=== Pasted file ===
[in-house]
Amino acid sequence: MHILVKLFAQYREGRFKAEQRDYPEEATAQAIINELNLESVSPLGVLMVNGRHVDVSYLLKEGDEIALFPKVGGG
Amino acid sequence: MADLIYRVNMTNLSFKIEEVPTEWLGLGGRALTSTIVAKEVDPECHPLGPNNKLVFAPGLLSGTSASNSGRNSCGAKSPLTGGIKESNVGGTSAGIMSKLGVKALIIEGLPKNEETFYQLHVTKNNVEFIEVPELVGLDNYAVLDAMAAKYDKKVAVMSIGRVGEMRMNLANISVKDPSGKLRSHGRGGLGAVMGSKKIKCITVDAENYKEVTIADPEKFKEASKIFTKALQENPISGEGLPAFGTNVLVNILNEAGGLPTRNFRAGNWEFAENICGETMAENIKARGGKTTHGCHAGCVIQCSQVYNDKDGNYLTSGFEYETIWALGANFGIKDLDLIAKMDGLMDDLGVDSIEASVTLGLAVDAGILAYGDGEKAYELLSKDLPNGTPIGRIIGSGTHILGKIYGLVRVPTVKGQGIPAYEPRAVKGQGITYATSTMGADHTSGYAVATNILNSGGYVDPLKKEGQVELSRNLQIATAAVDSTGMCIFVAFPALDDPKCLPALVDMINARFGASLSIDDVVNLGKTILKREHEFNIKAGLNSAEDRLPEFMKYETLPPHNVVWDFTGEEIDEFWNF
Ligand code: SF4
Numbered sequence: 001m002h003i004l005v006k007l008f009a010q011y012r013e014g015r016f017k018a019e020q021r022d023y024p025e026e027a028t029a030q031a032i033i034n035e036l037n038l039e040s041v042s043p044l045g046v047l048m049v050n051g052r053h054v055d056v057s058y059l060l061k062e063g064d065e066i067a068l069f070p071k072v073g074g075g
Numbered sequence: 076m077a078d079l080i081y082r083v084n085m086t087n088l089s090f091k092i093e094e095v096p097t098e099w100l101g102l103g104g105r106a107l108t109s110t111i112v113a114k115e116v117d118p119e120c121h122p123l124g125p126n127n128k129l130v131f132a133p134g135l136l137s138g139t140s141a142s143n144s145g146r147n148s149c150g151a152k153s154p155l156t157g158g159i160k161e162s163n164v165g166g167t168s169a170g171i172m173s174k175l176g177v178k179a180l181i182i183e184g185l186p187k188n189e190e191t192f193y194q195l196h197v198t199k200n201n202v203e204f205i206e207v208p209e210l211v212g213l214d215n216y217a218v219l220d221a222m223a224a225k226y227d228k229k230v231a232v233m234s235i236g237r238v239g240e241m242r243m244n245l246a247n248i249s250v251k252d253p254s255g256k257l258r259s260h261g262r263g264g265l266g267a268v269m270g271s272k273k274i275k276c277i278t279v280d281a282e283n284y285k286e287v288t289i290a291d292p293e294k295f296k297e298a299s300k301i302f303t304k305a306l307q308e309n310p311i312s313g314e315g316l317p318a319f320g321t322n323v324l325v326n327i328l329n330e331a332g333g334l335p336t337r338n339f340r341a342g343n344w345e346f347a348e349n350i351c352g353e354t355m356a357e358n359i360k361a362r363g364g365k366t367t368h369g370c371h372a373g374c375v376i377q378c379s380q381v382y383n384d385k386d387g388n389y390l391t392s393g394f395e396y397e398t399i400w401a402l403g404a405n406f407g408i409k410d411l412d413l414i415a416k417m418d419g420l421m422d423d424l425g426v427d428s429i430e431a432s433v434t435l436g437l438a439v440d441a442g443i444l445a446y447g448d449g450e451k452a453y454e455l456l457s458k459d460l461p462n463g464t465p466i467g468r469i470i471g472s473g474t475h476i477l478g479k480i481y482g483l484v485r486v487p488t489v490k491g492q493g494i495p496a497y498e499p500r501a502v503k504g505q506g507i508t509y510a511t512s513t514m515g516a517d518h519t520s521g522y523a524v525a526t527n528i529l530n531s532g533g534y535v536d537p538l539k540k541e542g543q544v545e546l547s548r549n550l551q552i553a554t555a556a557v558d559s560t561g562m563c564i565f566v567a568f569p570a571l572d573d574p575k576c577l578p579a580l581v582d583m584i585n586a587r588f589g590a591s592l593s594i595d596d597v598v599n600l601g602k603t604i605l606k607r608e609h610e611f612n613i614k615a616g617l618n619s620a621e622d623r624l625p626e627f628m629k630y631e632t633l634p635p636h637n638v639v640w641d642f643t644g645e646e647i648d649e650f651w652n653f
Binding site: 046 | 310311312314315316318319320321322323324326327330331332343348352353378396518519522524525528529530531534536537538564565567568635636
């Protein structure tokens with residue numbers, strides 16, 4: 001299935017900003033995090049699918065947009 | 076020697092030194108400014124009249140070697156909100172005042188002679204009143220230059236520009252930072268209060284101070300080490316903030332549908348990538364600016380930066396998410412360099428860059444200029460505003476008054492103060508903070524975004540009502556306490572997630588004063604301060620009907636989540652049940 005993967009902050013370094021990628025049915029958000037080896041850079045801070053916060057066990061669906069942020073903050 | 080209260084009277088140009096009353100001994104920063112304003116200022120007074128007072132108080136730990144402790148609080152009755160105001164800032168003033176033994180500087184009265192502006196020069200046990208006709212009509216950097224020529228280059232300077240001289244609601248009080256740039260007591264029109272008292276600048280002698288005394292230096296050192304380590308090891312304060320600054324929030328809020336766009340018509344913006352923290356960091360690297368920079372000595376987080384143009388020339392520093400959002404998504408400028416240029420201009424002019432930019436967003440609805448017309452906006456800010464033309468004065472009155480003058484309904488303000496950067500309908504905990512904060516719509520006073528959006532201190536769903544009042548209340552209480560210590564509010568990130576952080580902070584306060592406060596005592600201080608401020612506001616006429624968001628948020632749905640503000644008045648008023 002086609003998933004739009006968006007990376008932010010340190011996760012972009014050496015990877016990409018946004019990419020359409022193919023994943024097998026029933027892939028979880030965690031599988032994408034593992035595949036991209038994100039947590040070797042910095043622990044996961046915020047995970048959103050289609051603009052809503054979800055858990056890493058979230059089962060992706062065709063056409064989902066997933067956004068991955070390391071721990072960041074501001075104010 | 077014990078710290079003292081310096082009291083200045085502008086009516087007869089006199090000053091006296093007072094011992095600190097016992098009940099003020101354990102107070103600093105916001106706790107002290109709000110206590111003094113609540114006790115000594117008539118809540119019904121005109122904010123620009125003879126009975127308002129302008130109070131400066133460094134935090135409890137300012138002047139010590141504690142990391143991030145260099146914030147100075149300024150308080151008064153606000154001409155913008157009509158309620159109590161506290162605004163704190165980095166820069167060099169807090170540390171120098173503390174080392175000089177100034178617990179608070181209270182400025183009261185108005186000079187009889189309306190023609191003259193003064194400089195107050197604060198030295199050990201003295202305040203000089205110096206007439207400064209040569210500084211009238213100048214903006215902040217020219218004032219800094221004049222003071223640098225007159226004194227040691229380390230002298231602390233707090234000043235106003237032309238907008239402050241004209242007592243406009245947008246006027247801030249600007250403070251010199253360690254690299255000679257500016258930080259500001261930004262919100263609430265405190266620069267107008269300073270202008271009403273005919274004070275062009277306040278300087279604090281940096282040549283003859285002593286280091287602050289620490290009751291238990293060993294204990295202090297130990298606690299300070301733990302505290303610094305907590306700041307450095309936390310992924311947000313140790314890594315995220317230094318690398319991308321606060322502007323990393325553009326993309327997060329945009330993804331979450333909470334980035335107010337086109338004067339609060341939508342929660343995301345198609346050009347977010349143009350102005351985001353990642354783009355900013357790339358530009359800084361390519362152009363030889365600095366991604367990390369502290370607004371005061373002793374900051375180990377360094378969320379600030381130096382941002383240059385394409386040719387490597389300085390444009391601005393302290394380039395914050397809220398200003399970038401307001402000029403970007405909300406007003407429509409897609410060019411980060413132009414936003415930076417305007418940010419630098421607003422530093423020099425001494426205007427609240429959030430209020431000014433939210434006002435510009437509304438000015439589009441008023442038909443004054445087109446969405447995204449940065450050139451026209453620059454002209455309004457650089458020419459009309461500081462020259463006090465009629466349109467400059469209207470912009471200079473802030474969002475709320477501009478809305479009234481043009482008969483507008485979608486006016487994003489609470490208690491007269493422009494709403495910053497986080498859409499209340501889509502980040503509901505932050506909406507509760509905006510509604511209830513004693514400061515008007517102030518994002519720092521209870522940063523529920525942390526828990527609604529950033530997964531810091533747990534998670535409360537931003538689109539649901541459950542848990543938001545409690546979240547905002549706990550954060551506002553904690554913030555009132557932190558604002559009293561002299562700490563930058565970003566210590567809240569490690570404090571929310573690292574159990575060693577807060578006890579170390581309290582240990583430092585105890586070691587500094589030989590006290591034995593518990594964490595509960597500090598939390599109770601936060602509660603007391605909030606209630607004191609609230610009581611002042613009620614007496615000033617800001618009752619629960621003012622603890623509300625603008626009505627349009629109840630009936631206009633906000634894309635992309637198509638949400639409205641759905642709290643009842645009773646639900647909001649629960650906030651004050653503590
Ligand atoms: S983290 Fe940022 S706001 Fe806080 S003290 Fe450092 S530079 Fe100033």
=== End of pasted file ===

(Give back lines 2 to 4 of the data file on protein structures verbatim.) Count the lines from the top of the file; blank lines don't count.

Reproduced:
Amino acid sequence: MHILVKLFAQYREGRFKAEQRDYPEEATAQAIINELNLESVSPLGVLMVNGRHVDVSYLLKEGDEIALFPKVGGG
Amino acid sequence: MADLIYRVNMTNLSFKIEEVPTEWLGLGGRALTSTIVAKEVDPECHPLGPNNKLVFAPGLLSGTSASNSGRNSCGAKSPLTGGIKESNVGGTSAGIMSKLGVKALIIEGLPKNEETFYQLHVTKNNVEFIEVPELVGLDNYAVLDAMAAKYDKKVAVMSIGRVGEMRMNLANISVKDPSGKLRSHGRGGLGAVMGSKKIKCITVDAENYKEVTIADPEKFKEASKIFTKALQENPISGEGLPAFGTNVLVNILNEAGGLPTRNFRAGNWEFAENICGETMAENIKARGGKTTHGCHAGCVIQCSQVYNDKDGNYLTSGFEYETIWALGANFGIKDLDLIAKMDGLMDDLGVDSIEASVTLGLAVDAGILAYGDGEKAYELLSKDLPNGTPIGRIIGSGTHILGKIYGLVRVPTVKGQGIPAYEPRAVKGQGITYATSTMGADHTSGYAVATNILNSGGYVDPLKKEGQVELSRNLQIATAAVDSTGMCIFVAFPALDDPKCLPALVDMINARFGASLSIDDVVNLGKTILKREHEFNIKAGLNSAEDRLPEFMKYETLPPHNVVWDFTGEEIDEFWNF
Ligand code: SF4